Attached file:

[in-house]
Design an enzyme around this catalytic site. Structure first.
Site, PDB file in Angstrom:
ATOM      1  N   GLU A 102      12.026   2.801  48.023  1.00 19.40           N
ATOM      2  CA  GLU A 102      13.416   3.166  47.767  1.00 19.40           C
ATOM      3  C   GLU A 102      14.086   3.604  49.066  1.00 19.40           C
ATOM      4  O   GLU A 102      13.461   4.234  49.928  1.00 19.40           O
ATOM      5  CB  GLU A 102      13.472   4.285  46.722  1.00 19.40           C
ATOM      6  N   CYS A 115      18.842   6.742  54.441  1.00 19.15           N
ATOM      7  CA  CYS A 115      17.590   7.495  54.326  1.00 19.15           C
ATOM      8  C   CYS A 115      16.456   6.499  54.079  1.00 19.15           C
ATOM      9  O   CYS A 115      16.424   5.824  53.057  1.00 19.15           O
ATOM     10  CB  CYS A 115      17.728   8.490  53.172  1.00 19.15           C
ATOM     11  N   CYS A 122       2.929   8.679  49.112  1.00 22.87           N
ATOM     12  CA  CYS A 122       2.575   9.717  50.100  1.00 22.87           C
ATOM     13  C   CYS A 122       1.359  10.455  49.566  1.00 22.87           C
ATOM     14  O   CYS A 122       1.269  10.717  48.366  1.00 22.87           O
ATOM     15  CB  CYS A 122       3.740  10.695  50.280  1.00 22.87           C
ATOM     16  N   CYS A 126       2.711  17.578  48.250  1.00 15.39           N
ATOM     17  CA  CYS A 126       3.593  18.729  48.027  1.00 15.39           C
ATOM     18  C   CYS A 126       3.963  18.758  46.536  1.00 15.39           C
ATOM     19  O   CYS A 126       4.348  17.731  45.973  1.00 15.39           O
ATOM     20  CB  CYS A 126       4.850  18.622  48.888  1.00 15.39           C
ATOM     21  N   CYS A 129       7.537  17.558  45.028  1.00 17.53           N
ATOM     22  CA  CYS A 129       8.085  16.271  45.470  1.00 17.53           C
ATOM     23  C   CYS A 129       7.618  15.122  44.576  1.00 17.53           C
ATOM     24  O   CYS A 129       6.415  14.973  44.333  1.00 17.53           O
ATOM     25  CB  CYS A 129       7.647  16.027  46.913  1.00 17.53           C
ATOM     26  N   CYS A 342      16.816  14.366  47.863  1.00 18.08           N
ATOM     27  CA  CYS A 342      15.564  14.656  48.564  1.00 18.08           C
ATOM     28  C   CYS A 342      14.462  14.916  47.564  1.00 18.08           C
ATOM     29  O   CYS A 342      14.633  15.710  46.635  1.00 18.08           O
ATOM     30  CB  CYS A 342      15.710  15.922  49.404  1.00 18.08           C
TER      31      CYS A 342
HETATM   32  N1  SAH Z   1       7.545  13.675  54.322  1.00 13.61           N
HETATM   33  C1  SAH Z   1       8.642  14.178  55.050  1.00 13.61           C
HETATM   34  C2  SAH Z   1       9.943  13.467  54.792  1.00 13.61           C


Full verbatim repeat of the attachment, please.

[in-house]
Design an enzyme around this catalytic site. Structure first.
Site, PDB file in Angstrom:
ATOM      1  N   GLU A 102      12.026   2.801  48.023  1.00 19.40           N
ATOM      2  CA  GLU A 102      13.416   3.166  47.767  1.00 19.40           C
ATOM      3  C   GLU A 102      14.086   3.604  49.066  1.00 19.40           C
ATOM      4  O   GLU A 102      13.461   4.234  49.928  1.00 19.40           O
ATOM      5  CB  GLU A 102      13.472   4.285  46.722  1.00 19.40           C
ATOM      6  N   CYS A 115      18.842   6.742  54.441  1.00 19.15           N
ATOM      7  CA  CYS A 115      17.590   7.495  54.326  1.00 19.15           C
ATOM      8  C   CYS A 115      16.456   6.499  54.079  1.00 19.15           C
ATOM      9  O   CYS A 115      16.424   5.824  53.057  1.00 19.15           O
ATOM     10  CB  CYS A 115      17.728   8.490  53.172  1.00 19.15           C
ATOM     11  N   CYS A 122       2.929   8.679  49.112  1.00 22.87           N
ATOM     12  CA  CYS A 122       2.575   9.717  50.100  1.00 22.87           C
ATOM     13  C   CYS A 122       1.359  10.455  49.566  1.00 22.87           C
ATOM     14  O   CYS A 122       1.269  10.717  48.366  1.00 22.87           O
ATOM     15  CB  CYS A 122       3.740  10.695  50.280  1.00 22.87           C
ATOM     16  N   CYS A 126       2.711  17.578  48.250  1.00 15.39           N
ATOM     17  CA  CYS A 126       3.593  18.729  48.027  1.00 15.39           C
ATOM     18  C   CYS A 126       3.963  18.758  46.536  1.00 15.39           C
ATOM     19  O   CYS A 126       4.348  17.731  45.973  1.00 15.39           O
ATOM     20  CB  CYS A 126       4.850  18.622  48.888  1.00 15.39           C
ATOM     21  N   CYS A 129       7.537  17.558  45.028  1.00 17.53           N
ATOM     22  CA  CYS A 129       8.085  16.271  45.470  1.00 17.53           C
ATOM     23  C   CYS A 129       7.618  15.122  44.576  1.00 17.53           C
ATOM     24  O   CYS A 129       6.415  14.973  44.333  1.00 17.53           O
ATOM     25  CB  CYS A 129       7.647  16.027  46.913  1.00 17.53           C
ATOM     26  N   CYS A 342      16.816  14.366  47.863  1.00 18.08           N
ATOM     27  CA  CYS A 342      15.564  14.656  48.564  1.00 18.08           C
ATOM     28  C   CYS A 342      14.462  14.916  47.564  1.00 18.08           C
ATOM     29  O   CYS A 342      14.633  15.710  46.635  1.00 18.08           O
ATOM     30  CB  CYS A 342      15.710  15.922  49.404  1.00 18.08           C
TER      31      CYS A 342
HETATM   32  N1  SAH Z   1       7.545  13.675  54.322  1.00 13.61           N
HETATM   33  C1  SAH Z   1       8.642  14.178  55.050  1.00 13.61           C
HETATM   34  C2  SAH Z   1       9.943  13.467  54.792  1.00 13.61           C